– “Gov. permanently hikes funding to CPA program” (Anita Fritz, Greenfield Recorder): “The governor has signed a budget that includes a permanent increase in funding for the Community Preservation Act, so member towns will get more money to preserve open spaces, renovate historic buildings and parks, and build playgrounds and athletic fields for residents to enjoy.”
– “Ehrlich: State Needs To Transition Off Natural Gas” (Daily Item Staff, ItemLive.com): “State Rep. Lori Ehrlich (D-Marblehead) and national climate change advocacy groups, Mothers Out Front and HEET, on the heels of a major gas leak on Beacon Hill, on Monday called for Massachusetts to begin the transition from burning natural gas in homes to renewable energy.”
– “Massachusetts electric vehicle rebates would be revived under climate bill” (Sarah Shemkus, Energy News Network): “A Massachusetts electric vehicle rebate program slated to end in September could get a new shot at life. The state House of Representatives last week unanimously passed a wide-reaching climate change bill, including an amendment that would allocate $30 million to the electric vehicle incentives.”
ALL POLICY IS LOCAL
– “State delays key review for Weymouth compressor station” (Jessica Trufant, The Patriot Ledger): “A state agency has further delayed its review of a proposed 7,700-horsepower compressor station, making it even less likely that the gas company will start construction on the project this year.”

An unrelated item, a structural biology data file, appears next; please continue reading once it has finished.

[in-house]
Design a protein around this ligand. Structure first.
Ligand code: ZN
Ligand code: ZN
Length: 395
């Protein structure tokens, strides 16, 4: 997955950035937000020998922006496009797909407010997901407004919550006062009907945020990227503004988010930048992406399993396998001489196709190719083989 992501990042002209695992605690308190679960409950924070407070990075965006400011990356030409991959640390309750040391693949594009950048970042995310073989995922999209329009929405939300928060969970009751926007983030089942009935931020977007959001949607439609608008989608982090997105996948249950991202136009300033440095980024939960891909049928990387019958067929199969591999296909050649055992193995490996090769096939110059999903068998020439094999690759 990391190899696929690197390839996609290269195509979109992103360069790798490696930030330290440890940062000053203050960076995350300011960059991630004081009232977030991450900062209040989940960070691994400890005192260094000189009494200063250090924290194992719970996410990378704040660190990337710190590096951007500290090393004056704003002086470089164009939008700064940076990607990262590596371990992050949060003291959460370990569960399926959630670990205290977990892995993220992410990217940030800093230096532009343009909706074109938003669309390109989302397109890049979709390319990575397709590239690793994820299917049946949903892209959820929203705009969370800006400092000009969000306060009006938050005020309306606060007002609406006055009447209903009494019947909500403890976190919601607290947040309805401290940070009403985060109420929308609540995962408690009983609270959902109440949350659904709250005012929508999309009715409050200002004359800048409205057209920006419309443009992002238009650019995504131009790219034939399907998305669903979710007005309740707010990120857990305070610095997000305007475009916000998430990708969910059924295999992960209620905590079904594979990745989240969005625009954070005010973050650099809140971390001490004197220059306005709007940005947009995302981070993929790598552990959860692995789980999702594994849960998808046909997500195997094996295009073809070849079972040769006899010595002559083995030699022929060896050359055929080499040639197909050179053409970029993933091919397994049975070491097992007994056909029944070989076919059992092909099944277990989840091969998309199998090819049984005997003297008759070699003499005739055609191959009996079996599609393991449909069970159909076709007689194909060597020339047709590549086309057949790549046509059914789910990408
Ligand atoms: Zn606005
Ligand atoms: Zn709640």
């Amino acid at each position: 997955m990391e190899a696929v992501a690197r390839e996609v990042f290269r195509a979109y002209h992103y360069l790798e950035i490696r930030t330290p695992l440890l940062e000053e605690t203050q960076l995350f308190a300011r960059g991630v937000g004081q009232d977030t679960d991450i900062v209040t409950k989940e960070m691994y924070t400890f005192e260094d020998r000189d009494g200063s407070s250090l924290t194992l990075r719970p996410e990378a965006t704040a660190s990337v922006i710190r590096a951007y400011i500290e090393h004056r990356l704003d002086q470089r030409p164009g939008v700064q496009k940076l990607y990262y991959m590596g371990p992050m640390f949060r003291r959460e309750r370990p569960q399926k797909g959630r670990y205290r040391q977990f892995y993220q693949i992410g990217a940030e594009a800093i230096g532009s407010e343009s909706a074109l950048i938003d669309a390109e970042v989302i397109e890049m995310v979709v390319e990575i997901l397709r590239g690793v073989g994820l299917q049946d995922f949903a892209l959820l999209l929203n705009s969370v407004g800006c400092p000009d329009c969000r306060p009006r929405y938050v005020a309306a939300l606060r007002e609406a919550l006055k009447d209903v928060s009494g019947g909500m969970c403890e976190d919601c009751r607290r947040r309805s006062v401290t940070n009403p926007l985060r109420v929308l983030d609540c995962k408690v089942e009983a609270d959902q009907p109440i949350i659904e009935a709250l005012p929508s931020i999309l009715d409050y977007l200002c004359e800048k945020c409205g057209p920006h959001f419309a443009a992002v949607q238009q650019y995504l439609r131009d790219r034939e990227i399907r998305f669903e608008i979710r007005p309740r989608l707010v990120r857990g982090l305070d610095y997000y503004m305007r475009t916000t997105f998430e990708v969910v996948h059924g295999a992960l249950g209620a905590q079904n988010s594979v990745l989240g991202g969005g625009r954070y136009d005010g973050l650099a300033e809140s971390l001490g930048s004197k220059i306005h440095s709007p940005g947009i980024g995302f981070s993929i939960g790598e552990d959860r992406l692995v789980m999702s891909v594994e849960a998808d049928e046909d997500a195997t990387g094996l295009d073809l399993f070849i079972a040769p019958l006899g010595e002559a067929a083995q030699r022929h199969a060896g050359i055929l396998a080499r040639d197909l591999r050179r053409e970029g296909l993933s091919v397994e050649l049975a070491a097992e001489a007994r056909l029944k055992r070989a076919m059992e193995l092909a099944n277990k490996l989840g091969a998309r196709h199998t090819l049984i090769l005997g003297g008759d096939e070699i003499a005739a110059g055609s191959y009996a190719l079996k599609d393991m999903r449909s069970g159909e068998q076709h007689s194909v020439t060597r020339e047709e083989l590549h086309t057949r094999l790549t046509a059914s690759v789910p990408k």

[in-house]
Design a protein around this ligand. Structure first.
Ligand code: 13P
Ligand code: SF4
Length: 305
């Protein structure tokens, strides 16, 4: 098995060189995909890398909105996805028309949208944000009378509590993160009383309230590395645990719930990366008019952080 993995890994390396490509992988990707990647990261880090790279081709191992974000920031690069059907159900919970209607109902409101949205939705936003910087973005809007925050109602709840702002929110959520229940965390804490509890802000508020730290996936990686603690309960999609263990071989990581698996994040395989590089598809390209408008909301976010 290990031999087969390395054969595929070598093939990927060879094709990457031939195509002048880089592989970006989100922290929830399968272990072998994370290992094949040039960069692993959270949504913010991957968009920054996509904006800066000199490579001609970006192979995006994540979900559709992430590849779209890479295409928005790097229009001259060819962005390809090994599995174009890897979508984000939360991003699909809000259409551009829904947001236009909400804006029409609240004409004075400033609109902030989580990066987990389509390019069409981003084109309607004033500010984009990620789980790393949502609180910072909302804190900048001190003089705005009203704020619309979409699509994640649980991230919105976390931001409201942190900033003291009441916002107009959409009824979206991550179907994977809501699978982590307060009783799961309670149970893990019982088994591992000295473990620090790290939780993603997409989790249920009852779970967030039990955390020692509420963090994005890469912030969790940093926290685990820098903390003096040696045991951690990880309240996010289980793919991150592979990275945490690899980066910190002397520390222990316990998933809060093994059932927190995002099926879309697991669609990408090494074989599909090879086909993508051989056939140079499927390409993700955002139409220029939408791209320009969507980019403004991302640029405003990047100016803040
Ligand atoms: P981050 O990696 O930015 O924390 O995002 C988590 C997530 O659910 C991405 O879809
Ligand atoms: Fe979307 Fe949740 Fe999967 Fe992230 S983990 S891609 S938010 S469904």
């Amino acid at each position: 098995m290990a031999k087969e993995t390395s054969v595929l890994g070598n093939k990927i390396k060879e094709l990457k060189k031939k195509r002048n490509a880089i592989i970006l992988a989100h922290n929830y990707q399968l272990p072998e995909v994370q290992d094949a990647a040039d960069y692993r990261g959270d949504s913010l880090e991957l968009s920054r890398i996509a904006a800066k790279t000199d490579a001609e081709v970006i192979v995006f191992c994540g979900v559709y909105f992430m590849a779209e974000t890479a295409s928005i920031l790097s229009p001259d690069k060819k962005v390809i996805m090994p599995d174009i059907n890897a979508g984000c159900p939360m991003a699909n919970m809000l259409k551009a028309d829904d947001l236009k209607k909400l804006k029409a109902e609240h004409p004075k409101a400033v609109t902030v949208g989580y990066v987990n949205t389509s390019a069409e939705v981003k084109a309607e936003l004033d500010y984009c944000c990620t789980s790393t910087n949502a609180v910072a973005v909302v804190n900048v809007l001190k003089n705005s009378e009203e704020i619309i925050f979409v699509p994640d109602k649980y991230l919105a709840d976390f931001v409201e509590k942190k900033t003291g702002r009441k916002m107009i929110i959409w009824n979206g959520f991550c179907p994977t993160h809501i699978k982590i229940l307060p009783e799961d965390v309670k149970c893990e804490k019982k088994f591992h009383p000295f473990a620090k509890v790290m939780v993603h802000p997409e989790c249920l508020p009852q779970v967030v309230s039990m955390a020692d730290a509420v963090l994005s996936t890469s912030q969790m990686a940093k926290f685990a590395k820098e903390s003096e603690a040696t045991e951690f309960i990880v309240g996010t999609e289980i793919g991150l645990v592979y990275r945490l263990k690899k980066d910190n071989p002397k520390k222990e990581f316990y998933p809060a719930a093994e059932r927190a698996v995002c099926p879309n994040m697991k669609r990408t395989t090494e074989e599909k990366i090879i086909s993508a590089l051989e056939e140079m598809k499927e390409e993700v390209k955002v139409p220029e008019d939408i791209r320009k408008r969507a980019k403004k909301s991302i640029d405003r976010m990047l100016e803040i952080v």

– “Western Mass. Grocer Big Y Bans Plastic Bags In All Stores” (Bob Shaffer, WBUR’s Earthwhile): “On Thursday, the grocery chain Big Y will ban single-use plastic bags from checkout areas in all of its locations in Massachusetts and Connecticut.”
– “Procession takes to Good Harbor Beach to “mourn” changing climate” (Caroline Enos, Gloucester Daily Times): “For some, the sight of a black-clad funeral procession carrying coffins and singing “Amazing Waste” on Good Harbor Beach on Sunday was a bit much. But for organizers of the “Extinction Rebellion Funeral for Good Harbor Beach and Atlantic Ocean: Mourning the Sixth Mass Extinction,” the day was a great opportunity to remind summer beachgoers what’s at stake when it come to climate change.”
– “Think it’s hot now? Just wait” by Yvonne Abraham, via the Boston Globe.
– “Our view: Renewed river focus” by the Salem News Editorial Board.
– “Letter: Take action locally on climate change” by Judy Eddy, via the Berkshire Eagle.
PRICE THAT CARBON